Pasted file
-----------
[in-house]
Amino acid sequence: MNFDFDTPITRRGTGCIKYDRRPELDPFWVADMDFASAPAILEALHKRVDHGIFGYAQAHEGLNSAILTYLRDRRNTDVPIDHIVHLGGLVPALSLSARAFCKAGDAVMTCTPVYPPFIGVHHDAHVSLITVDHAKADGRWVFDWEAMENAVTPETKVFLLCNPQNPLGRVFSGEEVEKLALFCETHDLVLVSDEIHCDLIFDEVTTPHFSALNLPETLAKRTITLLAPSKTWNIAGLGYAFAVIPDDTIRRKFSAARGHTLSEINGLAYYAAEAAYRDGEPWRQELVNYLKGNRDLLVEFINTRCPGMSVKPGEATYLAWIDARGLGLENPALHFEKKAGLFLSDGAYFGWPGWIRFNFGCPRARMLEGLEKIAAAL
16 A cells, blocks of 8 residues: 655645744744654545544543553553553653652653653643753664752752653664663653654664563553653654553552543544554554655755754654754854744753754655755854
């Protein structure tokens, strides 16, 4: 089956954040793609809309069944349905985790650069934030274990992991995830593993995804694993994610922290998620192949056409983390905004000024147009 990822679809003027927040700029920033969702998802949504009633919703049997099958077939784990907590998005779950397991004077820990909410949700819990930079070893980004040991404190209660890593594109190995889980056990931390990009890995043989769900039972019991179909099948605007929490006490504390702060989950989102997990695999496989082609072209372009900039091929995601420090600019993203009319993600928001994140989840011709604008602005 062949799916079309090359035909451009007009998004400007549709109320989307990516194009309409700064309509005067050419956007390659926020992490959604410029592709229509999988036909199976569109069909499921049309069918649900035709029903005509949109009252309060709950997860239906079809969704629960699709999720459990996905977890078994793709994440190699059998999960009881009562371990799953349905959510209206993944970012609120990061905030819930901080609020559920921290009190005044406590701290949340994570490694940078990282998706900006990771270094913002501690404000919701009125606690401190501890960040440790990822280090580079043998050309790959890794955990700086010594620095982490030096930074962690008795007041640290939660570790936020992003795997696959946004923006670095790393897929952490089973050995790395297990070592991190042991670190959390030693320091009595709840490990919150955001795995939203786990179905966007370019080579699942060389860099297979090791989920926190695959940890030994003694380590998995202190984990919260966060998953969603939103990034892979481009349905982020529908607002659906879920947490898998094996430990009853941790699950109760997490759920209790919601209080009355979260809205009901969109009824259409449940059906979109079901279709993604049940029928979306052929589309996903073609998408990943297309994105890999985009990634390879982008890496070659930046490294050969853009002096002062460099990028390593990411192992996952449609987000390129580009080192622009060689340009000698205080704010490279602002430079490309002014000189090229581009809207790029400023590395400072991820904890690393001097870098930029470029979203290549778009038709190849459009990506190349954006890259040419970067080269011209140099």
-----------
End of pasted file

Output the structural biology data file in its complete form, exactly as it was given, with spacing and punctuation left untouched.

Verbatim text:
[in-house]
Amino acid sequence: MNFDFDTPITRRGTGCIKYDRRPELDPFWVADMDFASAPAILEALHKRVDHGIFGYAQAHEGLNSAILTYLRDRRNTDVPIDHIVHLGGLVPALSLSARAFCKAGDAVMTCTPVYPPFIGVHHDAHVSLITVDHAKADGRWVFDWEAMENAVTPETKVFLLCNPQNPLGRVFSGEEVEKLALFCETHDLVLVSDEIHCDLIFDEVTTPHFSALNLPETLAKRTITLLAPSKTWNIAGLGYAFAVIPDDTIRRKFSAARGHTLSEINGLAYYAAEAAYRDGEPWRQELVNYLKGNRDLLVEFINTRCPGMSVKPGEATYLAWIDARGLGLENPALHFEKKAGLFLSDGAYFGWPGWIRFNFGCPRARMLEGLEKIAAAL
16 A cells, blocks of 8 residues: 655645744744654545544543553553553653652653653643753664752752653664663653654664563553653654553552543544554554655755754654754854744753754655755854
């Protein structure tokens, strides 16, 4: 089956954040793609809309069944349905985790650069934030274990992991995830593993995804694993994610922290998620192949056409983390905004000024147009 990822679809003027927040700029920033969702998802949504009633919703049997099958077939784990907590998005779950397991004077820990909410949700819990930079070893980004040991404190209660890593594109190995889980056990931390990009890995043989769900039972019991179909099948605007929490006490504390702060989950989102997990695999496989082609072209372009900039091929995601420090600019993203009319993600928001994140989840011709604008602005 062949799916079309090359035909451009007009998004400007549709109320989307990516194009309409700064309509005067050419956007390659926020992490959604410029592709229509999988036909199976569109069909499921049309069918649900035709029903005509949109009252309060709950997860239906079809969704629960699709999720459990996905977890078994793709994440190699059998999960009881009562371990799953349905959510209206993944970012609120990061905030819930901080609020559920921290009190005044406590701290949340994570490694940078990282998706900006990771270094913002501690404000919701009125606690401190501890960040440790990822280090580079043998050309790959890794955990700086010594620095982490030096930074962690008795007041640290939660570790936020992003795997696959946004923006670095790393897929952490089973050995790395297990070592991190042991670190959390030693320091009595709840490990919150955001795995939203786990179905966007370019080579699942060389860099297979090791989920926190695959940890030994003694380590998995202190984990919260966060998953969603939103990034892979481009349905982020529908607002659906879920947490898998094996430990009853941790699950109760997490759920209790919601209080009355979260809205009901969109009824259409449940059906979109079901279709993604049940029928979306052929589309996903073609998408990943297309994105890999985009990634390879982008890496070659930046490294050969853009002096002062460099990028390593990411192992996952449609987000390129580009080192622009060689340009000698205080704010490279602002430079490309002014000189090229581009809207790029400023590395400072991820904890690393001097870098930029470029979203290549778009038709190849459009990506190349954006890259040419970067080269011209140099």